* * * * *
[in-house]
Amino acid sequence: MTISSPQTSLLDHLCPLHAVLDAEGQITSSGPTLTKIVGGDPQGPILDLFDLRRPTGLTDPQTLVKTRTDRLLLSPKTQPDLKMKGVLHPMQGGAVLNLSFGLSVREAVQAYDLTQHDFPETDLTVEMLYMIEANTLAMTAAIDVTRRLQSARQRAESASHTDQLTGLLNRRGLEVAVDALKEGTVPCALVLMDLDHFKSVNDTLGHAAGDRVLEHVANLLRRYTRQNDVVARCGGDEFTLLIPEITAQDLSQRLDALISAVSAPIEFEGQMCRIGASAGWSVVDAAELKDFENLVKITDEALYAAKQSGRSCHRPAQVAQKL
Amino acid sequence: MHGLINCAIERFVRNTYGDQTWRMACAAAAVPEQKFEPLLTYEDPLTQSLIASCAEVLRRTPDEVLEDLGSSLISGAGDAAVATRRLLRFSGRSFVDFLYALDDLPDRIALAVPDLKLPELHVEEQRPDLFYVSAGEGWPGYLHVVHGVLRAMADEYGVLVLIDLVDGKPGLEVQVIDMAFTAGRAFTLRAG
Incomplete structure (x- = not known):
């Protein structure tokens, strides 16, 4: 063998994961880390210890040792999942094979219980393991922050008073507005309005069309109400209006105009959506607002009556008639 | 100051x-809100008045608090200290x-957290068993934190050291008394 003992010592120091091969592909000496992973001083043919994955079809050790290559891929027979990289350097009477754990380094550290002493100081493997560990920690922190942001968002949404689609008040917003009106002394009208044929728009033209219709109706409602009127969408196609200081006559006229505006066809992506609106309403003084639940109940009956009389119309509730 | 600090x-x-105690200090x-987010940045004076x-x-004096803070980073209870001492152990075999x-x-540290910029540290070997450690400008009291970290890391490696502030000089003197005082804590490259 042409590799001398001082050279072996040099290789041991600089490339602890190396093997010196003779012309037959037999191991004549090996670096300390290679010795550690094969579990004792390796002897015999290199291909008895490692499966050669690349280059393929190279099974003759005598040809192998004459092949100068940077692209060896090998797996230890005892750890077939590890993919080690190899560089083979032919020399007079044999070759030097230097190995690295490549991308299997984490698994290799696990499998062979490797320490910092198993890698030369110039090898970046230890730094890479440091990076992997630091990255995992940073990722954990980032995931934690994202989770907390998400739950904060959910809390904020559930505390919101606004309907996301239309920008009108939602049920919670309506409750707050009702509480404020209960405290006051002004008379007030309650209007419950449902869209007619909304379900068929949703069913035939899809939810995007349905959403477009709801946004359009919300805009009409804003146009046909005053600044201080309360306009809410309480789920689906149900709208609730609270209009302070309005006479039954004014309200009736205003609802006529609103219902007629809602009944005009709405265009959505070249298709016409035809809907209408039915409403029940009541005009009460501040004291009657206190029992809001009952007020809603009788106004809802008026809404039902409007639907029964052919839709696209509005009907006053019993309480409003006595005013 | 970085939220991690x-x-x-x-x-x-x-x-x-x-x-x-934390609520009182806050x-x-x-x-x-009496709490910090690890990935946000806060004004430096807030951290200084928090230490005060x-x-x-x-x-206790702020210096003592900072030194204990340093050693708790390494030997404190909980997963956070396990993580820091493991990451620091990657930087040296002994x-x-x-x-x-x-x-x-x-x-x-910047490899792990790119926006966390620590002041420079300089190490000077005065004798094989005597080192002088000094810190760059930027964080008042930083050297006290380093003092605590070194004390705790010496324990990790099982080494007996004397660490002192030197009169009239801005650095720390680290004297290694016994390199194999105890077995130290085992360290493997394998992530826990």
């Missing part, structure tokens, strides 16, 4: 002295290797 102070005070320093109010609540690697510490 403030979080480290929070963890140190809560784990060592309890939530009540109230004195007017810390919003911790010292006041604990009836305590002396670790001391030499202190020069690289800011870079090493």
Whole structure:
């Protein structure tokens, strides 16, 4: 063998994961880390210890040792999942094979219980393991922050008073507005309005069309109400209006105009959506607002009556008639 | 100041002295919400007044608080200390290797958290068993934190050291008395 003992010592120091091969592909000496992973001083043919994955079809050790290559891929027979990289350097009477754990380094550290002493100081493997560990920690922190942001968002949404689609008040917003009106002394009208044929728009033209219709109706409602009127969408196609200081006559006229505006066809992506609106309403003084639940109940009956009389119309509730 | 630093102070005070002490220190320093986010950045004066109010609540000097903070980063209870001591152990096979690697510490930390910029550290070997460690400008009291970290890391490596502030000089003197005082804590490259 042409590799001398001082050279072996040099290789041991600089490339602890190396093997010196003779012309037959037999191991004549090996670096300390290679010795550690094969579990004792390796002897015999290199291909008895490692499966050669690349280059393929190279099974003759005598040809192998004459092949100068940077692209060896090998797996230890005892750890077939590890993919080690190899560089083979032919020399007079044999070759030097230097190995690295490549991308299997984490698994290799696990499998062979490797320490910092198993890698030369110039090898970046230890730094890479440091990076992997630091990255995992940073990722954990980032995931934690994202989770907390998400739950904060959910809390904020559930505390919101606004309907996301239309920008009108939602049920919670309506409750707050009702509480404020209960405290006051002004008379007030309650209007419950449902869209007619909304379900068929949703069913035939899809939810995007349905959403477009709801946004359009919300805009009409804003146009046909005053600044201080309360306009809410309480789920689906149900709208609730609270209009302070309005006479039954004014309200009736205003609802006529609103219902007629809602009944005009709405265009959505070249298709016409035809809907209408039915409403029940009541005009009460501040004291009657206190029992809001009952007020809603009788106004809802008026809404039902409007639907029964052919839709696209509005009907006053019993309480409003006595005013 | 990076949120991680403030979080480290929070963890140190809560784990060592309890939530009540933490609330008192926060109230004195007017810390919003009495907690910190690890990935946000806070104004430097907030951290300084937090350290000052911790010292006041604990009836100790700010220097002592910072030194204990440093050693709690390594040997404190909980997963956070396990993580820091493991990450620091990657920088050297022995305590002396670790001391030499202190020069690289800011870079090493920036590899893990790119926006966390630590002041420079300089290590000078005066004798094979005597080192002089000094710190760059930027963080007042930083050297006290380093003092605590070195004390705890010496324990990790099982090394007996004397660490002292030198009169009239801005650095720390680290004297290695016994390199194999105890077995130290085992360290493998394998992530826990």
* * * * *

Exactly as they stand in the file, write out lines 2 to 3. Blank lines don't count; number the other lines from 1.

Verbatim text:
Amino acid sequence: MTISSPQTSLLDHLCPLHAVLDAEGQITSSGPTLTKIVGGDPQGPILDLFDLRRPTGLTDPQTLVKTRTDRLLLSPKTQPDLKMKGVLHPMQGGAVLNLSFGLSVREAVQAYDLTQHDFPETDLTVEMLYMIEANTLAMTAAIDVTRRLQSARQRAESASHTDQLTGLLNRRGLEVAVDALKEGTVPCALVLMDLDHFKSVNDTLGHAAGDRVLEHVANLLRRYTRQNDVVARCGGDEFTLLIPEITAQDLSQRLDALISAVSAPIEFEGQMCRIGASAGWSVVDAAELKDFENLVKITDEALYAAKQSGRSCHRPAQVAQKL
Amino acid sequence: MHGLINCAIERFVRNTYGDQTWRMACAAAAVPEQKFEPLLTYEDPLTQSLIASCAEVLRRTPDEVLEDLGSSLISGAGDAAVATRRLLRFSGRSFVDFLYALDDLPDRIALAVPDLKLPELHVEEQRPDLFYVSAGEGWPGYLHVVHGVLRAMADEYGVLVLIDLVDGKPGLEVQVIDMAFTAGRAFTLRAG